" The Oriental doesn’t put the same high price on life as the Westerner. Life is plentiful. Life is cheap in the Orient. And as the philosophy of the orient expresses it, life is not important. "
— General William Westmoreland, Hearts and Minds

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In the future, Santa Claus lives in the ball return of a defunct bowling alley.

In the future, plastic toys are traded and collected by antiques dealers who know their Mattel lore.

In the future, humanity is taunted by a floating, rusting, space ship, just out of reach, and the promise of a ticket to board is the inspiration for epic quests.

Candy makes do with humanity's crumbs
Candy makes do with humanity’s crumbs

These are the visions of the future in the Ethiopian film Crumbs

A title card overexplains the setting, a future earth with a human population dwindling “like a candle going out.” Occasionally a child is conceived in carelessness, says the title, and adults shake their heads as if at out-of-style clothing.

In this bleak future world, Candy (Daniel Tadesse) is a scavenger. He’s a little person with Einstein hair and a hunchback deformity. He dresses neatly in brown shirt and pants, but nothing can tame that hairdo.

He lives with his girlfriend Birdy (Selam Tesfayie), whose youth and beauty (and perfectly clean, white, lacy bra) are a stark contrast to Candy’s asymmetrical appearance.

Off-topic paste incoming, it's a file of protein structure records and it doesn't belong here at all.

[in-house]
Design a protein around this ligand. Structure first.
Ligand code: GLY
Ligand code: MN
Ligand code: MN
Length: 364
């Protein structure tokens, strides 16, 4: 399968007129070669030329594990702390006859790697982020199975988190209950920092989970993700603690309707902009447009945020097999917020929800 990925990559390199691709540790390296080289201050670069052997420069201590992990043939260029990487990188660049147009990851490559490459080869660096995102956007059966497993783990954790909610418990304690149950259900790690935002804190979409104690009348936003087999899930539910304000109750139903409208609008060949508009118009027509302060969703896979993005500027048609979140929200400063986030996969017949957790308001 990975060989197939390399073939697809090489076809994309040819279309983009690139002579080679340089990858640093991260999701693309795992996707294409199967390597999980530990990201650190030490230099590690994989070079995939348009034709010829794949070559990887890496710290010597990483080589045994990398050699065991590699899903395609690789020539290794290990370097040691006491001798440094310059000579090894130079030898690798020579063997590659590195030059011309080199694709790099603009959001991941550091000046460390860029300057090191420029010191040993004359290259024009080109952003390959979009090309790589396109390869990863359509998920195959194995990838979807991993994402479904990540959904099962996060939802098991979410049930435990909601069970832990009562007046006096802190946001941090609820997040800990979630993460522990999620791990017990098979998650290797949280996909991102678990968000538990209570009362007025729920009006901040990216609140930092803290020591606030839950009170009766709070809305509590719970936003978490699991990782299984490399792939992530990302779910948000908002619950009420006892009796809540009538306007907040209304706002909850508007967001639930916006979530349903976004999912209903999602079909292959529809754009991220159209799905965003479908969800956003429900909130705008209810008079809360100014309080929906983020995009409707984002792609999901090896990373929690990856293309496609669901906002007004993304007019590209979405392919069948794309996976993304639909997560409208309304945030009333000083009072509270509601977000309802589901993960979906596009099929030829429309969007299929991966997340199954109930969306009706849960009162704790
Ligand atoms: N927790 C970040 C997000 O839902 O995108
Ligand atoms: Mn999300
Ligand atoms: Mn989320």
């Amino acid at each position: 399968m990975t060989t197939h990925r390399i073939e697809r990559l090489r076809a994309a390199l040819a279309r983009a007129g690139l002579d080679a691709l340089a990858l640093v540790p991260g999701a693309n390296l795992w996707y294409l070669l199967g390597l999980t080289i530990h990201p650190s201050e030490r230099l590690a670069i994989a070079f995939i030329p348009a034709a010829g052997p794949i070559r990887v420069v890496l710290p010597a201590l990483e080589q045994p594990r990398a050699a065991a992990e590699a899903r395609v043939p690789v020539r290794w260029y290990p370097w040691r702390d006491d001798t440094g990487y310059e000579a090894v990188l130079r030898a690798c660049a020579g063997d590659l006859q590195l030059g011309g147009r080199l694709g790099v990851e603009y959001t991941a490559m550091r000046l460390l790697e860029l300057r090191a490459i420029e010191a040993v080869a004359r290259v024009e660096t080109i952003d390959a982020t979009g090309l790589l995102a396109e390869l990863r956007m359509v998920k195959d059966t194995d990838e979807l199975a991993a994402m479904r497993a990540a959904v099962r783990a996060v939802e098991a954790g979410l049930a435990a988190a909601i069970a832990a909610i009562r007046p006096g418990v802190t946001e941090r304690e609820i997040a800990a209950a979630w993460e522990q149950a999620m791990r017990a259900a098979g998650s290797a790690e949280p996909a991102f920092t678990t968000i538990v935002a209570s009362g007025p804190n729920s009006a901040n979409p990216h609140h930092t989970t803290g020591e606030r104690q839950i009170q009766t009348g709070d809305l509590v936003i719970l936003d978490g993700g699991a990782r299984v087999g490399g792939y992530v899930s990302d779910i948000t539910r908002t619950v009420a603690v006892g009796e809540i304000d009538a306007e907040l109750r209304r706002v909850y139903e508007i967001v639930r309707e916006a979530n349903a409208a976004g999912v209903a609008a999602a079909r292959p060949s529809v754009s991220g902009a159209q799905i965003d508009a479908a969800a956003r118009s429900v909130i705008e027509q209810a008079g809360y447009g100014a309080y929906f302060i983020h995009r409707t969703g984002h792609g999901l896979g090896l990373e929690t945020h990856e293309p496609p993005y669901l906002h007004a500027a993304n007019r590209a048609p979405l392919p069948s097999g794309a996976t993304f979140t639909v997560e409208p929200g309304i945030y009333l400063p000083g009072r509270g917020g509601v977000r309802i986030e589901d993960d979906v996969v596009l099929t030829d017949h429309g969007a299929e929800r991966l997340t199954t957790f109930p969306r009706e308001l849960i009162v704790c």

There is the barest wisp of an arc to the film’s story: Candy wants tickets on the space ship. He sets out to find someone who can procure them — first a witch, then later, Santa Claus.

That plot is enough to justify many scenes along the way, most of which are more interesting than the whole. Candy tries to drive an old rusty train whose conductor looks like he just lost a fistfight. He finds an abandoned ferris wheel that still works, and walks past a lion still in a cage.

When Candy or Birdy need divine intervention, they pray at their shrine to Michael Jordan, tongue out, “BULLS” written prominently across his chest.

Added to its surrealist bent, Crumbs has a ’70s vibe to it. It looks like it might have been shot on film, and the electronic sound design might have been the cutting edge, about 40 years ago. Even the editing has a stylized feel — not too quick to cut, with movement being carefully enclosed within each shot.

I’m not sure whether I’d ever seen an Ethiopian film before Crumbs. That’s not the best reason to choose to see one film over another, but I had high hopes. By the end I might have been disappointed by the almost tediously aimless plot. But credit writer/director Miguel Llansó’s unique vision and stylish technique for keeping each scene interesting enough to hold my attention. And at only 68 minutes, it’s a low-(time-)cost festival option.